Scientists succeed in linking two different quantum systems
Physicists at the Universities of Bonn and Cambridge have succeeded in linking two completely different quantum systems to one another. In doing so, they have taken an important step forward on the way to a quantum computer. To accomplish their feat the researchers used a method that seems to function as well in the quantum world as it does for us people: teamwork. The results have now been published in the Physical Review Letters.
When facing big challenges, it is best to work together. In a team, the individual members can contribute their individual strengths – to the benefit of all those involved. One may be an absent-minded scientist who has brilliant ideas, but quickly forgets them. He needs the help of his conscientious colleague, who writes everything down, in order to remind the scatterbrain about it later. It's very similar in the world of quanta. There the so-called quantum dots (abbreviated: qDots) play the role of the forgetful genius. Quantum dots are unbeatably fast, when it comes to disseminating quantum information. Unfortunately, they forget the result of the calculation just as quickly – too quickly to be of any real use in a quantum computer.
In contrast, charged atoms, called ions, have an excellent memory: They can store quantum information for many minutes. In the quantum world, that is an eternity. They are less well suited for fast calculations, however, because the internal processes are comparatively slow. The physicists from Bonn and Cambridge have therefore obliged both of these components, qDots and ions, to work together as a team. Experts speak of a hybrid system, because it combines two completely different quantum systems with one another.
qDots are considered the great hopes in the development of quantum computers. In principle, they are extremely miniaturized electron storage units. qDots can be produced using the same techniques as normal computer chips. To do so, it is only necessary to miniaturize the structures on the chips until they hold just one single electron (in a conventional PC it is 10 to 100 electrons).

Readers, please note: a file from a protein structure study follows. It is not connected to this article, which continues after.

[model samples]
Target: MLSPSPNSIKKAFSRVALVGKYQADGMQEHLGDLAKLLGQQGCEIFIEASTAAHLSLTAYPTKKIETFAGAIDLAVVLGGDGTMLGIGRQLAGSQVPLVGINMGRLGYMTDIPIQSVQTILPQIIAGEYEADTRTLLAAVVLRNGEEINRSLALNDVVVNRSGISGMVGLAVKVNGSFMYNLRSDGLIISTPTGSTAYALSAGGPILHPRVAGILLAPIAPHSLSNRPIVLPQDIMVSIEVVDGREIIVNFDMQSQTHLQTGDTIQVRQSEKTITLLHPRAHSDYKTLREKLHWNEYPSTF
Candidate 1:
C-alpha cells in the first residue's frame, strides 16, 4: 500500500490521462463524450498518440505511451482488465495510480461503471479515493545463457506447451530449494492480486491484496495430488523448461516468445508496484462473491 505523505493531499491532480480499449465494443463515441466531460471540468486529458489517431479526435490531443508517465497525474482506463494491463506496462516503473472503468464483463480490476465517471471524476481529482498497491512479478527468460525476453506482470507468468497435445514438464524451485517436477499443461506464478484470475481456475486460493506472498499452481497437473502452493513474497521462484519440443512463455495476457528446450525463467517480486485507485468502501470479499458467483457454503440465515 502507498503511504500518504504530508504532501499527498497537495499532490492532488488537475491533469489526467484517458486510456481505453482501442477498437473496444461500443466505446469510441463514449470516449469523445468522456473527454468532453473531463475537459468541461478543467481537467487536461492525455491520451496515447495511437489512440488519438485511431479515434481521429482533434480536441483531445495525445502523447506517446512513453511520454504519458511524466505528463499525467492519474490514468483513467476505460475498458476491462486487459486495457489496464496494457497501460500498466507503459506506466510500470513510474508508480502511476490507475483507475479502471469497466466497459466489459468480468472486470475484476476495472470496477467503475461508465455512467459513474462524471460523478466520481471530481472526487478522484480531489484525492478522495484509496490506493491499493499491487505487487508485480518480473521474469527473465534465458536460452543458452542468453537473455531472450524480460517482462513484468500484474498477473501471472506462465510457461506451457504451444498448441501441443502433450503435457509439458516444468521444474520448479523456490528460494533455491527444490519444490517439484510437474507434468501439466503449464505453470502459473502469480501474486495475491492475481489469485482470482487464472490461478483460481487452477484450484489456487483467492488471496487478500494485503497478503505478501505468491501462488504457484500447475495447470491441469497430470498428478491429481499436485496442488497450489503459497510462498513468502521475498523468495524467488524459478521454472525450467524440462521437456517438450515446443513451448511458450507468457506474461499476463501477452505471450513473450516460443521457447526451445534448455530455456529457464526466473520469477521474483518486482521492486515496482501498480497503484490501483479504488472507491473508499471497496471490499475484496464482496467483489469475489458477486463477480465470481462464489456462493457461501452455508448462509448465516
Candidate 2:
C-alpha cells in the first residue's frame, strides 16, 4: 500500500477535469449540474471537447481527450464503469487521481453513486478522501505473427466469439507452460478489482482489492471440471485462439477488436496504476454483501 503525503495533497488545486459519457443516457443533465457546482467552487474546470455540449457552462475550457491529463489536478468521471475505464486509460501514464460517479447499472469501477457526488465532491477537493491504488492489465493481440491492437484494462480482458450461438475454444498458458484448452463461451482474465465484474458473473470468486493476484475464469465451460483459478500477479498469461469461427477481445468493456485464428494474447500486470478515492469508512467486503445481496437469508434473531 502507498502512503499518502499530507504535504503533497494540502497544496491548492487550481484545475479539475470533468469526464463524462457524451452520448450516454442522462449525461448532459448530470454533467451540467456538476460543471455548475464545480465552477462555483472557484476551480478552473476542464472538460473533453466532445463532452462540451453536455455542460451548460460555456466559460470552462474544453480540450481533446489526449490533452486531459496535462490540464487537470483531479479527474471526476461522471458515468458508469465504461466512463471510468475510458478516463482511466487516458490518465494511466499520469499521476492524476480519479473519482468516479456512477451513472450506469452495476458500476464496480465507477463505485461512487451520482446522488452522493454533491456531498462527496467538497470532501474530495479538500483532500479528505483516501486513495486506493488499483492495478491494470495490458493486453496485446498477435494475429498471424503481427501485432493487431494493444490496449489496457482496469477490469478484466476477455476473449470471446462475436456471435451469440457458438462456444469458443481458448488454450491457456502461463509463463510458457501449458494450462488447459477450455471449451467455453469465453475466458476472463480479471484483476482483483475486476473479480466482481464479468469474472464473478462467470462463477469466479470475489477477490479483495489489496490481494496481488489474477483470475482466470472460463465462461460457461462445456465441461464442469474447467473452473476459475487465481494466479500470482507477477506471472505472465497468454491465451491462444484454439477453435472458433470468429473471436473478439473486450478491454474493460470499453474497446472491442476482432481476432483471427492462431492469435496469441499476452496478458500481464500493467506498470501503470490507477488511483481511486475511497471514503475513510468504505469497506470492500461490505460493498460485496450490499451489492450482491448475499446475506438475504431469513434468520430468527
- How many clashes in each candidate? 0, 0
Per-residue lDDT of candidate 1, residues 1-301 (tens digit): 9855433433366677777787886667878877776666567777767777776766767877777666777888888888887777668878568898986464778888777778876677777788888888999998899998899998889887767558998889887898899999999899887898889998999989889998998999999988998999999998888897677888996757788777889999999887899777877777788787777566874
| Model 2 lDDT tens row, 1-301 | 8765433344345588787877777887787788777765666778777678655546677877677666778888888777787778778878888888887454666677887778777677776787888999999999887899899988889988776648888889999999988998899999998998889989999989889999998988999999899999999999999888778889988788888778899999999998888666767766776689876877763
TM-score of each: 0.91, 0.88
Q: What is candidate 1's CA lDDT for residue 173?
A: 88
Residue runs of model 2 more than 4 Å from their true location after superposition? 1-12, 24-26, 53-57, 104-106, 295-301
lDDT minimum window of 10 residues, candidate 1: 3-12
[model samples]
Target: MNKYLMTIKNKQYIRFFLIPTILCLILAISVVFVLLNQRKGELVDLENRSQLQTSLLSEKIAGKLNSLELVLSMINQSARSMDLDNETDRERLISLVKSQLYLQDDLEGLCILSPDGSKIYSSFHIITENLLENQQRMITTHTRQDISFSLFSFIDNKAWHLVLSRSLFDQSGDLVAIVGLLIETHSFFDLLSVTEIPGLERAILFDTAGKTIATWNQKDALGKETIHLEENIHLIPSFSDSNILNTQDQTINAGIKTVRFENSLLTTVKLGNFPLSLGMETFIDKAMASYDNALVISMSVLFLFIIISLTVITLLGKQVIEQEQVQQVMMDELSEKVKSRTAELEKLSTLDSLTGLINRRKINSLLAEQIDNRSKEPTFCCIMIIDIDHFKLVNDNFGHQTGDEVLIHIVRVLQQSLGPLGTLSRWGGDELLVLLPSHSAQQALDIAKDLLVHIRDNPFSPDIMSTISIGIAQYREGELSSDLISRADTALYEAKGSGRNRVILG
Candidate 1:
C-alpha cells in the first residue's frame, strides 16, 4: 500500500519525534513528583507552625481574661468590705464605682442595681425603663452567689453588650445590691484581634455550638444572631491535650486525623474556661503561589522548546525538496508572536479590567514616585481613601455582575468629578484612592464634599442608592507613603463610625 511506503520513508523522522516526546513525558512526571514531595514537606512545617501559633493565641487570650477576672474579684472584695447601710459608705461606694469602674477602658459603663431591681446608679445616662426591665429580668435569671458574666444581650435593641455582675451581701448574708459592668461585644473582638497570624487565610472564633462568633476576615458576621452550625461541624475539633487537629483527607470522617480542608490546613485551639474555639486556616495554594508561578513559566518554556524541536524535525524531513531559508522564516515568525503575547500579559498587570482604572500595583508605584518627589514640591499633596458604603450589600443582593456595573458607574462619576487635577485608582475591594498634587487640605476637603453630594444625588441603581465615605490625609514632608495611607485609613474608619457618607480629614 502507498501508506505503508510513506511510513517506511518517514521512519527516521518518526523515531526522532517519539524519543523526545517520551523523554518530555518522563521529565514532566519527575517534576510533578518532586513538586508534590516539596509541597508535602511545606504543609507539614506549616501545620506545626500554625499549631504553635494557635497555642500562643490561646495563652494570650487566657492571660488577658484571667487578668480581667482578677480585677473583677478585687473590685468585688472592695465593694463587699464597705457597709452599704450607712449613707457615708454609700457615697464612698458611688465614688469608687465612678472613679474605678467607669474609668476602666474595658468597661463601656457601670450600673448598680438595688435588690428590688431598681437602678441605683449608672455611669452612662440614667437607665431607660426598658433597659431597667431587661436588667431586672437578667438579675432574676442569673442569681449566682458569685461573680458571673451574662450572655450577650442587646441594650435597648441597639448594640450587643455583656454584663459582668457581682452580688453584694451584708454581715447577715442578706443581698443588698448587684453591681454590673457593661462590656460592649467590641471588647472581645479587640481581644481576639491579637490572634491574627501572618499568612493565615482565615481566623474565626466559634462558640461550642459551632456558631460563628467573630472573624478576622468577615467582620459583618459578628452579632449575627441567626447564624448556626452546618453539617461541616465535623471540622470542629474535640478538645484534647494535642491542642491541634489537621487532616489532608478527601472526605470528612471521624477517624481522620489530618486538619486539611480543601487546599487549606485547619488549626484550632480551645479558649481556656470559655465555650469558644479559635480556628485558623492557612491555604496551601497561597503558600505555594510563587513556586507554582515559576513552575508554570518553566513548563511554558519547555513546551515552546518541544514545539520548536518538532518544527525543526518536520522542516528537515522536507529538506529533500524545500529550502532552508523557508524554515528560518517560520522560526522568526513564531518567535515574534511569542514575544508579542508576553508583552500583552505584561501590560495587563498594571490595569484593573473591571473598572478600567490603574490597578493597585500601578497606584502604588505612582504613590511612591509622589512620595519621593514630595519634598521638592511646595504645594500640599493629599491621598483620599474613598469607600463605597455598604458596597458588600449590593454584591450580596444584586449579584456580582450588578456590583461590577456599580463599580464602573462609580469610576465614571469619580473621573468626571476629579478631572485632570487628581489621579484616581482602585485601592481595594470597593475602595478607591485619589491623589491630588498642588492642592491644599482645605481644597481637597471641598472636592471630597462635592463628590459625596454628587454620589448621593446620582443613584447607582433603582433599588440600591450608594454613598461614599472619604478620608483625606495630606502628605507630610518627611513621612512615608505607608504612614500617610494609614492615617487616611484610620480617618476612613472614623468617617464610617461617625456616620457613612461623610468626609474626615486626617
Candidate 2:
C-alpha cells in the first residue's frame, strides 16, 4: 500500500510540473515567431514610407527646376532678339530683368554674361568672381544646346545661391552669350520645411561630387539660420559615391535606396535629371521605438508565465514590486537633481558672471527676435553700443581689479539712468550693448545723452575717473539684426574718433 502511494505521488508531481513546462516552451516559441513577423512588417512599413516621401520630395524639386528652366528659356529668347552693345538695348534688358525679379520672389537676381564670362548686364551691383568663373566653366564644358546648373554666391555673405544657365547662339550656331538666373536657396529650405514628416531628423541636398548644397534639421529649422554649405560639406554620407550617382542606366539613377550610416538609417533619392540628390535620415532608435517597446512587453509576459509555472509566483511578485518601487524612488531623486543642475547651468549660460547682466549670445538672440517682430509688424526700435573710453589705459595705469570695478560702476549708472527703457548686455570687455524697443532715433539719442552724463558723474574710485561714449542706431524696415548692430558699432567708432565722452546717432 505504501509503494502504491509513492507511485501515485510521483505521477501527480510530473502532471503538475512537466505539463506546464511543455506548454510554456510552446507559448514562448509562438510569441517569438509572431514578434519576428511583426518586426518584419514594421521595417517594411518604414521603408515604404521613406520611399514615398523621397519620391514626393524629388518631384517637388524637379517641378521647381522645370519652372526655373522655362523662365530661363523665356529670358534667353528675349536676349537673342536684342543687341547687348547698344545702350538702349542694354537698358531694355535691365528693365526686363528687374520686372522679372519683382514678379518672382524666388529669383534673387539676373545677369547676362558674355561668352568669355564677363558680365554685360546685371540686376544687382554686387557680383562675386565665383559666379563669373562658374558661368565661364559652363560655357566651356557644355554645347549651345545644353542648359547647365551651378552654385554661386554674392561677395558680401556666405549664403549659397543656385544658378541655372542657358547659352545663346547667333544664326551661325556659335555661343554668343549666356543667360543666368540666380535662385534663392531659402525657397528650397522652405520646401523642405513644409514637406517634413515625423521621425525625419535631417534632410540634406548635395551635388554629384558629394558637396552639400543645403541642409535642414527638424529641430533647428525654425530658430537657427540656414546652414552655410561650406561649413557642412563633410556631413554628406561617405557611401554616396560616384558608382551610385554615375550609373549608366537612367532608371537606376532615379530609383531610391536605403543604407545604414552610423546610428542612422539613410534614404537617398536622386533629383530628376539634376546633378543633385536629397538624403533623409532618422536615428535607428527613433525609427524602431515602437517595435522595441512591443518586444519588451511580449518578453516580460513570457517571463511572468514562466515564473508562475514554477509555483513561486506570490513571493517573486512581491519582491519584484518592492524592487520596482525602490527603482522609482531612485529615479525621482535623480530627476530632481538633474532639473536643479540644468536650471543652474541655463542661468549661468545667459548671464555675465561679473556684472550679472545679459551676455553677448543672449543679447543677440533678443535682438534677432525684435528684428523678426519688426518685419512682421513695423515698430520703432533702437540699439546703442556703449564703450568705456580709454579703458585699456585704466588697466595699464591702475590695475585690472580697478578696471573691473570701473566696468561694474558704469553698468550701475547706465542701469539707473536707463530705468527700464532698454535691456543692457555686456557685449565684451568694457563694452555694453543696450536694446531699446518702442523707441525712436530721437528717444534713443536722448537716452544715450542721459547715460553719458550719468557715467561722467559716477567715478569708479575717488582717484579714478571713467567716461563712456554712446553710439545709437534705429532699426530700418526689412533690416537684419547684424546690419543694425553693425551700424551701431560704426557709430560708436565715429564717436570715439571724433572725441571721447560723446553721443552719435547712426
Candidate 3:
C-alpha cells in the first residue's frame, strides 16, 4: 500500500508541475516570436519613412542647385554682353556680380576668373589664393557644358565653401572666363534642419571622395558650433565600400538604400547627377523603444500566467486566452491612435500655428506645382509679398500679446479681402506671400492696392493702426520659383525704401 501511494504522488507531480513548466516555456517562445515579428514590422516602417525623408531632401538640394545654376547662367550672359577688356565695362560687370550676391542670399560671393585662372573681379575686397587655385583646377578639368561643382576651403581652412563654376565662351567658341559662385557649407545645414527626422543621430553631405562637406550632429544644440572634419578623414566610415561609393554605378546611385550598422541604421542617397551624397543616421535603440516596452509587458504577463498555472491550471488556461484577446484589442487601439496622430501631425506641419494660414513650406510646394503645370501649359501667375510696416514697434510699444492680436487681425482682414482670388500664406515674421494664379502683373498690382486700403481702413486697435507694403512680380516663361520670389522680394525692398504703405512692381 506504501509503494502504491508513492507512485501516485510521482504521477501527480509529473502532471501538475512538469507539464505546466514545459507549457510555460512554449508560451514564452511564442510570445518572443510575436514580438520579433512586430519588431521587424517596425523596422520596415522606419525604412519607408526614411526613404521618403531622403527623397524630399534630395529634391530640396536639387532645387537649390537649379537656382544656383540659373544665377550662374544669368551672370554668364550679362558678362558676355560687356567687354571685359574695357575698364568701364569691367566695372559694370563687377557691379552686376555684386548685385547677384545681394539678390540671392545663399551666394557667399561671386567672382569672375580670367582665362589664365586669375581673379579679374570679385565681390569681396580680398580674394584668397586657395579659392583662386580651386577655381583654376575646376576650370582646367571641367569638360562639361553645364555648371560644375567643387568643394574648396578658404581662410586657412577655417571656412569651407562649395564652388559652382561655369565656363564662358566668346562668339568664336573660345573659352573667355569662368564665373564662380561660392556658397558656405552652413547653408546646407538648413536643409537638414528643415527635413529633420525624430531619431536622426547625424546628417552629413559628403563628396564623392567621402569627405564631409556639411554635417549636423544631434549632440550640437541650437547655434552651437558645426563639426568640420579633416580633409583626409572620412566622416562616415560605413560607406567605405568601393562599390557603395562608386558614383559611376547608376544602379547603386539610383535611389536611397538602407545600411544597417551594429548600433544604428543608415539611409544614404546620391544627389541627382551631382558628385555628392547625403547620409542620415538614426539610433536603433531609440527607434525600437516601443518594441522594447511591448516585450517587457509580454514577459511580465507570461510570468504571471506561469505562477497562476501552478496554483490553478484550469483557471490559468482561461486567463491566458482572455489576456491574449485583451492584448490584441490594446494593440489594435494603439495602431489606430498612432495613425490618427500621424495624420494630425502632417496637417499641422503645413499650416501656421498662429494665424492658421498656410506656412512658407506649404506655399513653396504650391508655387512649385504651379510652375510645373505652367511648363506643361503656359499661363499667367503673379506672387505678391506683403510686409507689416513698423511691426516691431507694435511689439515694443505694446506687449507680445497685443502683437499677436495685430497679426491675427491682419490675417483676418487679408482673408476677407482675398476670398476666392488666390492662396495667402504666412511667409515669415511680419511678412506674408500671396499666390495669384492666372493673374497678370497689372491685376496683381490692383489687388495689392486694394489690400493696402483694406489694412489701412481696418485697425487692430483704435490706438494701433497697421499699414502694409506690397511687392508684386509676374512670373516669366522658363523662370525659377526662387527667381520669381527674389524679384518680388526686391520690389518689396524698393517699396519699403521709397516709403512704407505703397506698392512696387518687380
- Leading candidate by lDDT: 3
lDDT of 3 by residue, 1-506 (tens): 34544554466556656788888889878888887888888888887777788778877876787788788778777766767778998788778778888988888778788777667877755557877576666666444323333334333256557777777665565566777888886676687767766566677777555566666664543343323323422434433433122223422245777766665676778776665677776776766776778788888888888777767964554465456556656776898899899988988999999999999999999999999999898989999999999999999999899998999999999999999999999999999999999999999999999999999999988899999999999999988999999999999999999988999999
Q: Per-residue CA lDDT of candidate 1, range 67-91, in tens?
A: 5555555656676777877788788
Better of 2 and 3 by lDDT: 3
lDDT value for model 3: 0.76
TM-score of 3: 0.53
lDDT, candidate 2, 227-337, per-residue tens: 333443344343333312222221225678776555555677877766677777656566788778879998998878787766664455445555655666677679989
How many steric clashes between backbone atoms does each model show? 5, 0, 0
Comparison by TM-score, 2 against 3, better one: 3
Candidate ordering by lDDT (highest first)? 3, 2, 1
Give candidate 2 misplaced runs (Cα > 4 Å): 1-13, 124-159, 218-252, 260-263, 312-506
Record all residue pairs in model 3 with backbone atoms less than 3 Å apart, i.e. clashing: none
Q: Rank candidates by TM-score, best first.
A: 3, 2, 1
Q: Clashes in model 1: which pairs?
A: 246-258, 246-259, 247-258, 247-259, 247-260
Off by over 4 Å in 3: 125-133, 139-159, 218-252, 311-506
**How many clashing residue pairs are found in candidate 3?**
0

The electron stored in a qDot can take on states that are predicted by quantum theory. However, they are very short-lived: They decay within a few picoseconds (for illustration: in one picosecond, light travels a distance of just 0.3 millimeters). This decay produces a small flash of light: a photon. Photons are wave packets that vibrate in a specific plane – the direction of polarization. The state of the qDots determines the direction of polarization of the photon. "We used the photon to excite an ion", explains Prof. Dr. Michael Köhl from the Institute of Physics at the University of Bonn. "Then we stored the direction of polarization of the photon".
To do so, the researchers connected a thin glass fiber to the qDot. They transported the photon via the fiber to the ion many meters away. The fiberoptic networks used in telecommunications operate very similarly. To make the transfer of information as efficient as possible, they had trapped the ion between two mirrors. The mirrors bounced the photon back and forth like a ping pong ball, until it was absorbed by the ion. "By shooting it with a laser beam, we were able to read out the ion that was excited in this way", explains Prof. Köhl. "In the process, we were able to measure the direction of polarization of the previously absorbed photon". In a sense then, the state of the qDot can be preserved in the ion – theoretically this can be done for many minutes.
This success is an important step on the still long and rocky road to a quantum computer. In the long term, researchers around the world are hoping for true marvels from this new type of computer: Certain tasks, such as the factoring of large numbers, should be child's play for such a computer. In contrast, conventional computers find this a really tough nut to crack. However, a quantum computer displays its talents only for such special tasks: For normal types of basic computations, it is pitifully slow.